You would have to use a machete to clear it of all those hippie-hipster-doofuses.

  • Gordilocks||

    This hippie is armed. Don't bring a machete to a gun fight.

  • ||

    Sadly, although I was initially really enthusiastic about free cities, I've since come to the conclusion that to the extent they will ever exist, which I suspect is very unlikely, they will most probably turn into dens of cronyism between the governing corporation and the host government, operating more like GSEs or pubic monopolies than truly free states. And then when they "fail" as the free states that they really aren't, you can officially bury and eulogize free market capitalism as both economic and political theory.

  • ||

    *public. That is *public monopolies

    Although that may have been more a Freudian slip than an actual typo

  • ||

    Yes, 6 billion people are obviously going to cross oceans and funnel themselves through 2 small land bridges to a tiny administrative district on either an island off the coast or a small piece of uninhabited land in a dysfunctional country in Central America. Good point. They'll have to watch out for that. Really though, the more important point is that it's a perfect analogue to a 3.8 million square mile country with a 15 trillion dollar economy and 7500 miles of land borders wherein exists one of the world's freest economies and a generous welfare state.

  • ||

    I feel like I'm getting the short end of the stick....

    Start dating black guys...

  • C. S. P. Schofield||

    Throw this into the mix; Honduras is one of the places that has a long history of producing top quality cigars (The others being Cuba, The Dominican Republic, and Nicaragua). So Honduras has a a high level luxury export. At the moment the country's cigars are in eclipse (Opus X is Dominican, and Master Blender and industry darling Pepin Garcia is working out of Nicaragua), but a little imagination could change that.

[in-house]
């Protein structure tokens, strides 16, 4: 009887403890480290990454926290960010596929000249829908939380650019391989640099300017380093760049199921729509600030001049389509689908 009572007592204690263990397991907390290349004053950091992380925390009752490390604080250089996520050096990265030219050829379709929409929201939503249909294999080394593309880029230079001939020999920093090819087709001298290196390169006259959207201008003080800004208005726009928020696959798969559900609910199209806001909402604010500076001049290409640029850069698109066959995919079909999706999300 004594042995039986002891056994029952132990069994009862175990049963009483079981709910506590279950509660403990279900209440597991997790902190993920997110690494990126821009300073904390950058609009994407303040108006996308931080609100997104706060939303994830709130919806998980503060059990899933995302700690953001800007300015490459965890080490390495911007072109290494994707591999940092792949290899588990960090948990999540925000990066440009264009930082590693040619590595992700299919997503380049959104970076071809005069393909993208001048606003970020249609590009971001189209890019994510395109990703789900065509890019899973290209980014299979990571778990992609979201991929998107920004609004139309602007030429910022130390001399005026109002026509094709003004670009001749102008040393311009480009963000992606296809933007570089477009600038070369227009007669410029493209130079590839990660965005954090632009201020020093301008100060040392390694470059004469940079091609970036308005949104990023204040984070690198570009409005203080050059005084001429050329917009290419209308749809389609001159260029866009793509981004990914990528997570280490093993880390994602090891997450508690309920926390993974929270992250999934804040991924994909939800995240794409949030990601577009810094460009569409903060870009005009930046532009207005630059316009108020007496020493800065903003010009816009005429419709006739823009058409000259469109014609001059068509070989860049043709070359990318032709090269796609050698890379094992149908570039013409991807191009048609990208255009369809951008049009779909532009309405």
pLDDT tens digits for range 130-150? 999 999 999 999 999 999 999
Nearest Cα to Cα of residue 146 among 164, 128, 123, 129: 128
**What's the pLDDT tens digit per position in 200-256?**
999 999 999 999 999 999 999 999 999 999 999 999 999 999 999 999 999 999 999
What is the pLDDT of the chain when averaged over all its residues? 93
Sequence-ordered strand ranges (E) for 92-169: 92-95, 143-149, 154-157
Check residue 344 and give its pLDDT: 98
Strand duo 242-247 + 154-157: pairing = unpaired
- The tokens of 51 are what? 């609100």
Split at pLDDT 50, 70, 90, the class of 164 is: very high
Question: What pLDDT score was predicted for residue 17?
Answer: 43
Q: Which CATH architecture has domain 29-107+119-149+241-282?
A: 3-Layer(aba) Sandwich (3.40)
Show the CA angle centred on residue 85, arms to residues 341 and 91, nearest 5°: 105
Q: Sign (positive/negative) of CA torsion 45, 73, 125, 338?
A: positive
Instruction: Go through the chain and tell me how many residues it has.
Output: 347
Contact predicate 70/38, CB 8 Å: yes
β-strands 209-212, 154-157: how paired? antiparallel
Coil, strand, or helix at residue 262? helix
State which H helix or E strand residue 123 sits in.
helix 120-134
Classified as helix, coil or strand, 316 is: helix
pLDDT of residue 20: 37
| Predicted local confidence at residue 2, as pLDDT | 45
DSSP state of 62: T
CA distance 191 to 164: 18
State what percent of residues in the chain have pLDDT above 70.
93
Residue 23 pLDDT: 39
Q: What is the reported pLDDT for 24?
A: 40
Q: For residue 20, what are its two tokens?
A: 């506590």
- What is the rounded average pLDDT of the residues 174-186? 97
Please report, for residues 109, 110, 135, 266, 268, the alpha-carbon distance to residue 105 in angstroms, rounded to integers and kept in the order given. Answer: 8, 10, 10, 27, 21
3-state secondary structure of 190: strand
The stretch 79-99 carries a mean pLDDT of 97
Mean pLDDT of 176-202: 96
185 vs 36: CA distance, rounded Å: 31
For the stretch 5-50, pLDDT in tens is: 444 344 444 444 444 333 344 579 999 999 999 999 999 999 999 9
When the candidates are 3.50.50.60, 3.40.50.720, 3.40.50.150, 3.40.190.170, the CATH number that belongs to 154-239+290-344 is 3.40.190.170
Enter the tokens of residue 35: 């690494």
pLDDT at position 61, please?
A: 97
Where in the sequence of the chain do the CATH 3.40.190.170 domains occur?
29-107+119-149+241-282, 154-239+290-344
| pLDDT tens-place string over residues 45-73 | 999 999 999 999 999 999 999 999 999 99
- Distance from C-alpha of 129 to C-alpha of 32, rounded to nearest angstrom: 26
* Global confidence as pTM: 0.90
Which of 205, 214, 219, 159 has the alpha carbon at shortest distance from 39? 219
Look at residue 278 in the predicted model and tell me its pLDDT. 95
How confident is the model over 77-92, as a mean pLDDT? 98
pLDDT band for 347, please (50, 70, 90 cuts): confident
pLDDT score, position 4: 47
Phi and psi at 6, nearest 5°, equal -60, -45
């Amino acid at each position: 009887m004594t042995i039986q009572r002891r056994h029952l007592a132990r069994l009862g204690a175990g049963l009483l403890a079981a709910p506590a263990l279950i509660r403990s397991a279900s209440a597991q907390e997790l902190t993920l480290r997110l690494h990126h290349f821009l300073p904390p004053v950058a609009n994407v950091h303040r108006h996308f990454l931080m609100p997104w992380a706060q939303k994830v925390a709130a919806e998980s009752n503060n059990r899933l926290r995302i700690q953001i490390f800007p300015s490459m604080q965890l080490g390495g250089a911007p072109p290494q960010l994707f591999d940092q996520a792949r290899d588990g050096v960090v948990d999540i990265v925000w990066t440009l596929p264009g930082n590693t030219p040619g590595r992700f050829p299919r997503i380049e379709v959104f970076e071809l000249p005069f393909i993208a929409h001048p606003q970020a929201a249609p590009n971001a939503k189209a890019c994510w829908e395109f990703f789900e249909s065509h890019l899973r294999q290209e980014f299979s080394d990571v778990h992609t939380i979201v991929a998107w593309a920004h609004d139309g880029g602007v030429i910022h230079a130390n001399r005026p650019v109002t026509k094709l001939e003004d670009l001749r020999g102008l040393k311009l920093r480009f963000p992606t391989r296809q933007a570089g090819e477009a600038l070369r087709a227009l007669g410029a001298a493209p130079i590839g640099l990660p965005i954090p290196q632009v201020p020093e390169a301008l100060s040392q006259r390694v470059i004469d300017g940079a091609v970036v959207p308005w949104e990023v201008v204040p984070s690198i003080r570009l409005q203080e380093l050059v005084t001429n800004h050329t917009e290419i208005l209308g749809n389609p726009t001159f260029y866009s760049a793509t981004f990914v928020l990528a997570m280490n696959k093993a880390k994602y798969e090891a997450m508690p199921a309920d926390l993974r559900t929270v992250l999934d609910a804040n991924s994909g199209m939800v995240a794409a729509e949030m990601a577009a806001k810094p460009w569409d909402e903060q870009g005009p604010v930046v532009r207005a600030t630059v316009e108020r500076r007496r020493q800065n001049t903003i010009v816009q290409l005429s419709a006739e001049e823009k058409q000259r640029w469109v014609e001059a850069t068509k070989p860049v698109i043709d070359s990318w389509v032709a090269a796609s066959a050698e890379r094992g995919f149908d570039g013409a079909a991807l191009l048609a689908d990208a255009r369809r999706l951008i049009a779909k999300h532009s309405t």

• WilliamGiannone||

    just as Leonard answered I can't believe that any body able to earn $9772 in a few weeks on the computer. have you seen this web link...

  • Tom Beebe||

    why can't webmasters scrub there infoads?

  • Tom Beebe||

    Strikes me as akin to Federalism. If we accorded more power, MUCH more power, to the states, some would thrive and show the way for the rest. Not as complete a program as this article suggests, but certainly worthy of study.

  • waltercollin||

    as Francis responded I'm shocked that you able to earn 4615 in 1 month on the computer. did you see this page

  • Mark22||

    The US homicide rate is 4.8 per 100000, and much of that is gang related and occurs in a tiny subpopulation.

  • lukescott610||

    If you think Marvin`s story is impossible,, 5 weeks ago my boyfriend basically also made $7683 grafting eighteen hours a week from home and they're buddy's sister-in-law`s neighbour was doing this for seven months and errned more than $7683 parttime from a labtop. applie the information available on this page...

  • lukescott610||

    If you think Marvin`s story is impossible,, 5 weeks ago my boyfriend basically also made $7683 grafting eighteen hours a week from home and they're buddy's sister-in-law`s neighbour was doing this for seven months and errned more than $7683 parttime from a labtop. applie the information available on this page...

  • trutherator||

    I danced for joy when Honduras defied all the global-socialists and left-fascists of the world and dethroned the coup-running dictator Manuel Zelaya, and when I heard that when Hillary Clinton called the constitutional president Roberto Micheletti to order him to resign and let Zelaya have his coup back, he said "No!"

    I was so glad I married a Honduran gal before, now had more reason than ever.

    And now this! Hallelujah! Thank you so much for the detail, and God bless Octavio Sanchez!